There was no sign to announce a foreclosure on an Orlando home. It was the barking sound that drew the neighbors attention. "No dog should be treated and left alone like that. That dog was out there 24/7. You could hear it crying," says neighbor Carol Ann Sparveri.
Across the country, family pets - dogs, cats, and even a pot bellied pig - are being turned over to animal shelters or left to fend for themselves because their owners either can't afford their home, or can't afford them.
"It's so sad. It shouldn't have anything to do with their pets. If they're losing their house, how would they not be able to keep their animal?" asks shelter visitor Lauren Hord.
Linda, a yellow Lab, was with her owner for three years. When the house went into foreclosure two months ago, her owner had to move in with relatives.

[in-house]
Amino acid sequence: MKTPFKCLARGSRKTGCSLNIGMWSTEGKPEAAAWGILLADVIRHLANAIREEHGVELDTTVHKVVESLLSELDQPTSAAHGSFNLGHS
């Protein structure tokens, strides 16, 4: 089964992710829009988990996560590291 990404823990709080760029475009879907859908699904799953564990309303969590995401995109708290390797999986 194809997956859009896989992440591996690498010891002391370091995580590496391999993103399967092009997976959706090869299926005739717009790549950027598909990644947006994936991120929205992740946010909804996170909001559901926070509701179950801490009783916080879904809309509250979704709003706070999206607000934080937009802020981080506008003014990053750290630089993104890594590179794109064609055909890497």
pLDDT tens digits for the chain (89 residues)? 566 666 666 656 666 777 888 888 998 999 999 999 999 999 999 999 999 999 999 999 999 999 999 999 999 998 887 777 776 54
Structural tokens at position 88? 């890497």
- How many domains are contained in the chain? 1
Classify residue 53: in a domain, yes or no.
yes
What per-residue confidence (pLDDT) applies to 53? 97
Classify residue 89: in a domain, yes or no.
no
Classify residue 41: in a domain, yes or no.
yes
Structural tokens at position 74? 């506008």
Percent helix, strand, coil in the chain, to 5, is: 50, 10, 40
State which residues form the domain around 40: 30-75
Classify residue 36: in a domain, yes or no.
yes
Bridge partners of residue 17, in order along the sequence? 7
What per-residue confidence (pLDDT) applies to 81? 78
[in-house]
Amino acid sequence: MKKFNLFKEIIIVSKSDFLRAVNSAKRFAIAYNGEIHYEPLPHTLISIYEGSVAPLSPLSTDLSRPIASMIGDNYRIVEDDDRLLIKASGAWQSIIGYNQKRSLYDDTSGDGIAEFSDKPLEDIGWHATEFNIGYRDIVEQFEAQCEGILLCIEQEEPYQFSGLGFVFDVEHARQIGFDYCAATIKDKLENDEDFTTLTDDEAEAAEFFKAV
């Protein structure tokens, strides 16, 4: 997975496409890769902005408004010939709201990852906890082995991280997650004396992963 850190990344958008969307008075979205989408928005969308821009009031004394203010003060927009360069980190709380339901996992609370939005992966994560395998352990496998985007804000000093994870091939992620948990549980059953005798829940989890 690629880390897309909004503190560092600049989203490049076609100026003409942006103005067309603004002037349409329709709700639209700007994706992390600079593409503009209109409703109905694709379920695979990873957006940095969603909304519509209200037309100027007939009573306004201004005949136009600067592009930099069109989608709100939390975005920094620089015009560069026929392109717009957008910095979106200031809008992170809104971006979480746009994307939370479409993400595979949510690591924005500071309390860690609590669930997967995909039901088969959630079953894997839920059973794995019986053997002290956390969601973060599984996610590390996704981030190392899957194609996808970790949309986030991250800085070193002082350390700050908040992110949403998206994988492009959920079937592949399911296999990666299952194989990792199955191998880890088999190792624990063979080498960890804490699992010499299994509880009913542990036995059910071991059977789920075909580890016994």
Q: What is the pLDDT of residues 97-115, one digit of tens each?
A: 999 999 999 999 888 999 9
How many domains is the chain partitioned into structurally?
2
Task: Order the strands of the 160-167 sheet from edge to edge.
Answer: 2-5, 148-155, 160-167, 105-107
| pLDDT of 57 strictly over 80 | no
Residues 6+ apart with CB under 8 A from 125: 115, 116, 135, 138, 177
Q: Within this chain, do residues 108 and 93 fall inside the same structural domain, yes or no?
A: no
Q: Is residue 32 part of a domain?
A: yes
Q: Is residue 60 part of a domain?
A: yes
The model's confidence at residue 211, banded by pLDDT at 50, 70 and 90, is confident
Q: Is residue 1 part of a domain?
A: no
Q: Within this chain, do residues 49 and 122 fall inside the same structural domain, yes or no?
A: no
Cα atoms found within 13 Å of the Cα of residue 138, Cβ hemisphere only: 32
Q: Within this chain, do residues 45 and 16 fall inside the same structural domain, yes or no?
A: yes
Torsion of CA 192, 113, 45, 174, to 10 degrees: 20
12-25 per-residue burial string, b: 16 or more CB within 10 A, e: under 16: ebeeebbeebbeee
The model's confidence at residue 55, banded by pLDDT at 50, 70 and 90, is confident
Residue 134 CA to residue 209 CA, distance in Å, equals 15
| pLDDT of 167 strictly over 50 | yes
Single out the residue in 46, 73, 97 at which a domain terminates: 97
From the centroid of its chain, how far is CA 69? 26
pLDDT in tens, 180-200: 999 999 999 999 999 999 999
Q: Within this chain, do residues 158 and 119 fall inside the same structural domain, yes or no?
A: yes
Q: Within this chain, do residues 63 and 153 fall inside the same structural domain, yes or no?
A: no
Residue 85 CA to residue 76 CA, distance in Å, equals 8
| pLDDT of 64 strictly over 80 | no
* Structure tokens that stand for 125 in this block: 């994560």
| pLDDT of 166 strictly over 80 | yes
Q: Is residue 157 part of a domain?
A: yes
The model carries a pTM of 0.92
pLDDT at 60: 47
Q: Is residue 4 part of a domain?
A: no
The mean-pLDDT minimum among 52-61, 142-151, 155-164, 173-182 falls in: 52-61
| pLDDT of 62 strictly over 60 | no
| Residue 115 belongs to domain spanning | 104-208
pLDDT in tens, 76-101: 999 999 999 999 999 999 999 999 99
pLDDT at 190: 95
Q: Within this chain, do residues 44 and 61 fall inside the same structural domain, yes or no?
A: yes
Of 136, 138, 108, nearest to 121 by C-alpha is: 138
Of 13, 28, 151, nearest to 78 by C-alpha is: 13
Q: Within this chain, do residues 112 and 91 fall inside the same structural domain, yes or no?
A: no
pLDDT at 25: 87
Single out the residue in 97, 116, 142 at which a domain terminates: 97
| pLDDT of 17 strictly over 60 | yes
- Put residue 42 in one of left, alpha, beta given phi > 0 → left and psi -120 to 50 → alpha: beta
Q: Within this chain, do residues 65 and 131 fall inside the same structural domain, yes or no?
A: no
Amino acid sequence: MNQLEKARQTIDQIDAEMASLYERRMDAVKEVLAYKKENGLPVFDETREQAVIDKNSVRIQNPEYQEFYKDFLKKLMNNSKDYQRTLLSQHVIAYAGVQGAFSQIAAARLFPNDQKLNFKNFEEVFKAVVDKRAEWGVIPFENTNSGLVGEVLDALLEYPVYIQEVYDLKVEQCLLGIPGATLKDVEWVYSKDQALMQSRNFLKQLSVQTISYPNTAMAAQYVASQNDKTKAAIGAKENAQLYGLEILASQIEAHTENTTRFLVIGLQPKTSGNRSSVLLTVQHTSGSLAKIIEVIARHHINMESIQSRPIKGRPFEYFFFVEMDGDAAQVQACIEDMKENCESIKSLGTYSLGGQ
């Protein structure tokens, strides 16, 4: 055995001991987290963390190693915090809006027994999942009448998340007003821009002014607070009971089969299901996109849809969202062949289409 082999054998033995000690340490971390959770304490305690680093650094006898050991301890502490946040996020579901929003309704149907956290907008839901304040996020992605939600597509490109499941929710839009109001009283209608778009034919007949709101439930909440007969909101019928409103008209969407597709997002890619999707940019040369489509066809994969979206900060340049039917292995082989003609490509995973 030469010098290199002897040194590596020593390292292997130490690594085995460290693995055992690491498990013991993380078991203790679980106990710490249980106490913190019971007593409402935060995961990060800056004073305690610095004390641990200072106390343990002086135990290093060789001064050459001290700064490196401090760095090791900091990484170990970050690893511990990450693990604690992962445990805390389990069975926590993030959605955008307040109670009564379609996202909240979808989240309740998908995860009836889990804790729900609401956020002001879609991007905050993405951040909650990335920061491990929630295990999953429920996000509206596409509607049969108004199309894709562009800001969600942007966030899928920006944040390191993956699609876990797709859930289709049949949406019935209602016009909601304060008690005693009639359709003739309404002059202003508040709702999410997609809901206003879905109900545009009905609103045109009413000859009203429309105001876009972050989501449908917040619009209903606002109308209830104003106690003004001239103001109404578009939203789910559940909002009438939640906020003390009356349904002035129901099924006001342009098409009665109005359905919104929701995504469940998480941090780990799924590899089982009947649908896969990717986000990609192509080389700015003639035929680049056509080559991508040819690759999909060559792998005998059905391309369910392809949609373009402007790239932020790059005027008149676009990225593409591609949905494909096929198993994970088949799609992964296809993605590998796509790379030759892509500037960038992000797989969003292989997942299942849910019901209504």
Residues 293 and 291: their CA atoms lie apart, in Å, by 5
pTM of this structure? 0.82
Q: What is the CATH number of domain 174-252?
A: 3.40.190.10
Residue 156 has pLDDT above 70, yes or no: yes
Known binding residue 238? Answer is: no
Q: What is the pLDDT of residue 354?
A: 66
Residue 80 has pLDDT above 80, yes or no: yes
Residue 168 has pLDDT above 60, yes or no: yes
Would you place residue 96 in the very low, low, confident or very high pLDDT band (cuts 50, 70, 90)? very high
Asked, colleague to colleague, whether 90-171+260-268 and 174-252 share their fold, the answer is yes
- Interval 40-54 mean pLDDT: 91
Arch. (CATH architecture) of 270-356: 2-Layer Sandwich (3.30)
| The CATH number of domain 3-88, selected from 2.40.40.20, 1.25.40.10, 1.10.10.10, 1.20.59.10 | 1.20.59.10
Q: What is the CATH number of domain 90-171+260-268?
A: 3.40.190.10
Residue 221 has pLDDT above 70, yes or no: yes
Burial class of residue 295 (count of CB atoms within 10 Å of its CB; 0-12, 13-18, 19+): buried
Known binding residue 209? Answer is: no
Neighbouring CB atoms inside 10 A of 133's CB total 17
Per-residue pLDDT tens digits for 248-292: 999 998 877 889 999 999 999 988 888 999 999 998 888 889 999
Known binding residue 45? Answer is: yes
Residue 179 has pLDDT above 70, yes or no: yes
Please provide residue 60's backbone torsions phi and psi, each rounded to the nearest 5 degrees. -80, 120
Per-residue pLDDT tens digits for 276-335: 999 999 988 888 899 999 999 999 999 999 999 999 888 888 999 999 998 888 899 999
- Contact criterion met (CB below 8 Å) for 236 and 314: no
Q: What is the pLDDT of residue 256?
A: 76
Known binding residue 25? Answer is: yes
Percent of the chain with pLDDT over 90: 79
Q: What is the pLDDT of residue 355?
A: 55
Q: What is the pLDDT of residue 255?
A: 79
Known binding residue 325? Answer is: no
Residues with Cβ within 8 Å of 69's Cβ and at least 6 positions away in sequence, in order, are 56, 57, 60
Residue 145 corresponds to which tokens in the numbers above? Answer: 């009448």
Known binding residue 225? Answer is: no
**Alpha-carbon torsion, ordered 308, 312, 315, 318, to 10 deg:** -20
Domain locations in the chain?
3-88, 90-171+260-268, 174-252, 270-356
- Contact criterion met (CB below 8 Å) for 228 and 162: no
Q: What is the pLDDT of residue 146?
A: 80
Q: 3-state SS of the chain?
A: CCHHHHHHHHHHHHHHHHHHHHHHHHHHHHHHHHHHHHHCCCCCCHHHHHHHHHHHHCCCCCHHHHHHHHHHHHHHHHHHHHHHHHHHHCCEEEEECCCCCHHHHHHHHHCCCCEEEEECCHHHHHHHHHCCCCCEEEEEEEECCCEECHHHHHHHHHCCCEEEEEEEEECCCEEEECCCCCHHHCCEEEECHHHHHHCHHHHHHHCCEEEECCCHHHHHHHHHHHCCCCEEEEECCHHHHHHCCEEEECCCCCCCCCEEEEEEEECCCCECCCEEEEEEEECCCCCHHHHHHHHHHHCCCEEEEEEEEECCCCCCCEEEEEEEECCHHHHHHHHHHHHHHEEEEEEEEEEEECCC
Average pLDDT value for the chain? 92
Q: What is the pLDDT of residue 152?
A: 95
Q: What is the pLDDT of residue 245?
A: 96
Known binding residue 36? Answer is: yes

Phone calls to the Humane Society of Greater Miami from desperate pet owners have quadrupled this year.
There are no hard figures nationwide, but shelters in foreclosure hot zones, like Florida, Arizona and California, all report significant jumps in the number of family pets handed over due to economic hardship.
Compounding the problem is that the number of adoptions is slowing down.
The Humane Society of the United States has launched a foreclosure fund to help local chapters care for the animals. It has brought in $80,000 so far - a drop in the water bowl considering the flood of foreclosures still to come.